On Monday, purple balloons — her favorite color — sprouted from the family mailbox and those of all her neighbors.
In the back of the yellow house on a quiet cul-de-sac sat a jungle gym.
‘‘'Joey’ is a beautiful little girl, may she never be forgotten and live forever in our hearts,’’ wrote Polly Larsen, of Sunnyvale, Calif., on Facebook. She said she was close friends with the cousin of Josephine’s mother.
A person who answered the phone at Mother of God Catholic Church in Covington, Ky., said Josephine was the great-niece of the pastor, the Rev. Raymond Hartman.
DAWN HOCHSPRUNG, 47, principal
Dawn Hochsprung’s pride in Sandy Hook Elementary was clear. She regularly tweeted photos from her time as principal there, giving indelible glimpses of life at a place now known for tragedy. Just this week, it was an image of fourth-graders rehearsing for their winter concert; days before that, the tiny hands of kindergartners exchanging play money at their makeshift grocery store.
She viewed her school as a model, telling The Newtown Bee in 2010 that ‘‘I don’t think you could find a more positive place to bring students to every day.’’ She had worked to make Sandy Hook a place of safety, too, and in October, the 47-year-old Hochsprung shared a picture of the school’s evacuation drill with the message ‘‘safety first.’’ When the unthinkable came, she was ready to defend.
Officials said she died while lunging at the gunman in an attempt to overtake him.
‘‘She had an extremely likable style about her,’’ said Gerald Stomski, first selectman of Woodbury, where Hochsprung lived and had taught. ‘‘She was an extremely charismatic principal while she was here.’’
DYLAN HOCKLEY, 6
The Hockley family moved to Sandy Hook two years ago from England, in love with the sense of community and the elementary school that their boys, Dylan and Jake, would attend. Dylan’s mother, Nicole, is American, and his father, Ian, is British.
They moved into a house on the same street as the mother of the shooter, Adam Lanza.
In a statement, the family said their youngest boy had thrived at Sandy Hook.
‘‘We do not and shall never regret this choice,’’ the Hockleys said. ‘‘Our boys have flourished here, and our family’s happiness has been limitless.’’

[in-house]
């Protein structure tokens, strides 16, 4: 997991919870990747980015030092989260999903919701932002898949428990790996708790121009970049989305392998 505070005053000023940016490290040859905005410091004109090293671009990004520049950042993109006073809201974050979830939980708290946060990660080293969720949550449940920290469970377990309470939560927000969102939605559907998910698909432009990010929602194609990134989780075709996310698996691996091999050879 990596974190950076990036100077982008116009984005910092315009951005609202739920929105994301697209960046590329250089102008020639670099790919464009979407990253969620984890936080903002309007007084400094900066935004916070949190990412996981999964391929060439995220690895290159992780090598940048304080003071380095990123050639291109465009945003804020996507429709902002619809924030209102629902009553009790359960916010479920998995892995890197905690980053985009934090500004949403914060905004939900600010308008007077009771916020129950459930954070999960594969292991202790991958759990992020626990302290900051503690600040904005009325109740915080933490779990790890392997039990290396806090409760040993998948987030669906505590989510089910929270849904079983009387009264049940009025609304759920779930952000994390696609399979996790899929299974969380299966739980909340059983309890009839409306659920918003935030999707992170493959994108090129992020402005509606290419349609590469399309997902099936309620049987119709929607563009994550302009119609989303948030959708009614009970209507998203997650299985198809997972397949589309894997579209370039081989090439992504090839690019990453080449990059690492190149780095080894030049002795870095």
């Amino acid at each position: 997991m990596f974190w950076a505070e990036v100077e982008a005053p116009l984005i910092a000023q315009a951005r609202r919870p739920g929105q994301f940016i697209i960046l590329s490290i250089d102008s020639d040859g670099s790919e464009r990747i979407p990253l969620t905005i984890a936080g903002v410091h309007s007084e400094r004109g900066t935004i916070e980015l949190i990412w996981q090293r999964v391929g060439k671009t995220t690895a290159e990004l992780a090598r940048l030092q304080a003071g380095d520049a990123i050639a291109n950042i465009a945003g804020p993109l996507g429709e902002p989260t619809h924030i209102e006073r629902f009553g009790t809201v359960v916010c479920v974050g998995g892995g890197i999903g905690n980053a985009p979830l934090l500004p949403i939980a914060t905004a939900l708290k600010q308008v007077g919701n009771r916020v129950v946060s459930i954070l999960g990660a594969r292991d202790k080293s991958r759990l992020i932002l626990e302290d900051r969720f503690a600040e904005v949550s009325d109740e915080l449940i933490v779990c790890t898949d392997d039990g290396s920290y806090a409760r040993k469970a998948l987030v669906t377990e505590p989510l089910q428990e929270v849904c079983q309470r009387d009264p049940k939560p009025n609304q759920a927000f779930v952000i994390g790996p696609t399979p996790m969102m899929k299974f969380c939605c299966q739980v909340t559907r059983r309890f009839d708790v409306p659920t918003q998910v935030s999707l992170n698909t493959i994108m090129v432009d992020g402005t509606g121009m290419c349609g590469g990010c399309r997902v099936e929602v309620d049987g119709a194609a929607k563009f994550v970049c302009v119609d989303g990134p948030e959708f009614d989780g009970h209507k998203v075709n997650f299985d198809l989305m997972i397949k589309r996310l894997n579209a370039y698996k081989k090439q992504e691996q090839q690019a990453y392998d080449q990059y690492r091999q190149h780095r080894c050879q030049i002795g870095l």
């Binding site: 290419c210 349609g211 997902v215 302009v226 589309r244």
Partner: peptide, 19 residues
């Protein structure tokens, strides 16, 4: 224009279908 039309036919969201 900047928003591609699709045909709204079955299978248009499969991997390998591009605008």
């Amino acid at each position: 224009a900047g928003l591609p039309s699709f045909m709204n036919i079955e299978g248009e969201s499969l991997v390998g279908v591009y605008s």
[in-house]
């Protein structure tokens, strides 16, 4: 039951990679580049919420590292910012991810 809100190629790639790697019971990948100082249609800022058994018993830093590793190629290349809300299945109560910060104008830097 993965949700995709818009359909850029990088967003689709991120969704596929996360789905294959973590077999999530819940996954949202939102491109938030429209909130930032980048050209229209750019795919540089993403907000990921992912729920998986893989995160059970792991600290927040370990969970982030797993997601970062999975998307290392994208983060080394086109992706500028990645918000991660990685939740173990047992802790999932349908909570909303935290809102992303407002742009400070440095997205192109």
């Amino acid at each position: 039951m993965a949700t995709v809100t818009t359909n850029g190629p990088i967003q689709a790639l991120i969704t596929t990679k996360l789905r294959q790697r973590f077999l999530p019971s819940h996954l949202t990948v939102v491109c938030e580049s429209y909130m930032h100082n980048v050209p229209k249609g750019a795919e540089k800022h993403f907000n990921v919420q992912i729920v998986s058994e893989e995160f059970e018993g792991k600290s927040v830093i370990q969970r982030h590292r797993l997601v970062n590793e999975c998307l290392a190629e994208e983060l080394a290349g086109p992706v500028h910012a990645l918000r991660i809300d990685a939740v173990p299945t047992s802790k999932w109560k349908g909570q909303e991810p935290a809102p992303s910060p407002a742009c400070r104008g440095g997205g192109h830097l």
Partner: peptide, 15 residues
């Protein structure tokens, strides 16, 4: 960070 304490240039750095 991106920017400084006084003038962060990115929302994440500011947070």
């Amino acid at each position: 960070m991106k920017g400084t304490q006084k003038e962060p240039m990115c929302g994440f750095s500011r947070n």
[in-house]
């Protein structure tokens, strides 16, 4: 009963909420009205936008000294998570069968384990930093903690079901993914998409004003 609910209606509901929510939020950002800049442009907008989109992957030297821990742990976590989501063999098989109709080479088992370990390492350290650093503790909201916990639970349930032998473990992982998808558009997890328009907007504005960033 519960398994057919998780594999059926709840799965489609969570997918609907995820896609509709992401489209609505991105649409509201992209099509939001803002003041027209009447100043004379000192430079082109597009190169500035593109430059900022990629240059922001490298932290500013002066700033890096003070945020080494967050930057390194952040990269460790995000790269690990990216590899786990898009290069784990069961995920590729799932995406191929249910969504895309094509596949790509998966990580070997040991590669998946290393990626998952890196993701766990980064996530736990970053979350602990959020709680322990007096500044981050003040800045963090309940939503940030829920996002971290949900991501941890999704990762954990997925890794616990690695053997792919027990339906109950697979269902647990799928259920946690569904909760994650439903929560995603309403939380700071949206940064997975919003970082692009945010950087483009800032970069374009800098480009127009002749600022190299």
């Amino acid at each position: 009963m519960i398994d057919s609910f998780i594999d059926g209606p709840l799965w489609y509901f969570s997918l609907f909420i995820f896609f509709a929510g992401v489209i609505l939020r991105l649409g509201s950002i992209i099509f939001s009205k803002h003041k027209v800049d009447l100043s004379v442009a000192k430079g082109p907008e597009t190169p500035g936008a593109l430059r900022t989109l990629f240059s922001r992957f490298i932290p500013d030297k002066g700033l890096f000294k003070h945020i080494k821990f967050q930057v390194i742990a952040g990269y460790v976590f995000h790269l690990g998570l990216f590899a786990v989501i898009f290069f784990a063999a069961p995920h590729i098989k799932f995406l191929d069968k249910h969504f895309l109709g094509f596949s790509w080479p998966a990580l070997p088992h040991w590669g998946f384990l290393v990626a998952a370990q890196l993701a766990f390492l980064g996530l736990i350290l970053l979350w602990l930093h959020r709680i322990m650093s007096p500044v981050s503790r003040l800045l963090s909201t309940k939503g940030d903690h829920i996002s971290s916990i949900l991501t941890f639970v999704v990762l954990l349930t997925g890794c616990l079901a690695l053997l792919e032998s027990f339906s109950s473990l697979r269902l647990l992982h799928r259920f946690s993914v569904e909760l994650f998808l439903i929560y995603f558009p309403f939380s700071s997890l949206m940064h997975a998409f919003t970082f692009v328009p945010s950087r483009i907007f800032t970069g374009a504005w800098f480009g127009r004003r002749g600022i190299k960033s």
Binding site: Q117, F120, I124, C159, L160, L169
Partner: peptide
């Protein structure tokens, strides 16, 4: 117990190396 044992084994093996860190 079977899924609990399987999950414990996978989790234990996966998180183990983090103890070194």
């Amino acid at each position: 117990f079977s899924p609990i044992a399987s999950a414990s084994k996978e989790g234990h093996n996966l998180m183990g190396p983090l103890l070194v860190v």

Dylan had a beaming smile. He played tag every morning at the bus stop with neighbors, bounced on the trampoline and played computer games. He loved purple, chocolate and seeing the moon. He was learning to read and was proud to show off his new skills to his parents. Jake was his best friend and role model.
‘‘We love you Mister D,’’ the Hockleys wrote in their statement.
Dylan also adored his teacher’s aide, Anne Marie Murphy, and would point to her picture on the family fridge every day. They took great comfort, they said, in knowing that when Dylan died, he was wrapped in Murphy’s arms. She also died.
MADELEINE HSU, 6
Madeleine Hsu was shy and quiet — but she would light up around dogs.
Karen Dryer, who lived on the same street as the Hsu family, would see Madeleine’s mom waiting for her at the bus stop at 3:15 every afternoon. Dryer would wait too, for her son Logan, who is in kindergarten. Dryer usually brought the family’s golden retriever with her.
‘‘She would come off the bus and her face would light up when she saw the dog,’’ Dryer said.
Her mom would give her a big squeeze, and Madeleine would hug her little sister. ‘‘She was just an absolute doll,’’ Dryer said. ‘‘She seemed very shy, but she was just so sweet.’’
CATHERINE HUBBARD, 6
Catherine’s parents released a statement expressing gratitude to emergency responders and for the support of the community.
‘‘We are greatly saddened by the loss of our beautiful daughter, Catherine Violet and our thoughts and prayers are with the other families who have been affected by this tragedy,’’ Jennifer and Matthew Hubbard said. ‘‘We ask that you continue to pray for us and the other families who have experienced loss in this tragedy.’’
CHASE KOWALSKI, 7
Chase Kowalski was always outside, playing in the backyard, riding his bicycle. Just last week, he was visiting neighbor Kevin Grimes, telling him about completing — and winning — his first mini-triathlon.
‘‘You couldn’t think of a better child,’’ Grimes said.
Grimes’ own five children all attended Sandy Hook, too. Cars lined up outside the Kowalskis’ ranch home Saturday, and a state trooper’s car idled in the driveway. Grimes spoke of the boy only in the present tense.
NANCY LANZA, 52, gunman’s mother
She once was known simply for the game nights she hosted and the holiday decorations she put up at her house. Now Nancy Lanza is known as her son’s first victim.Continued...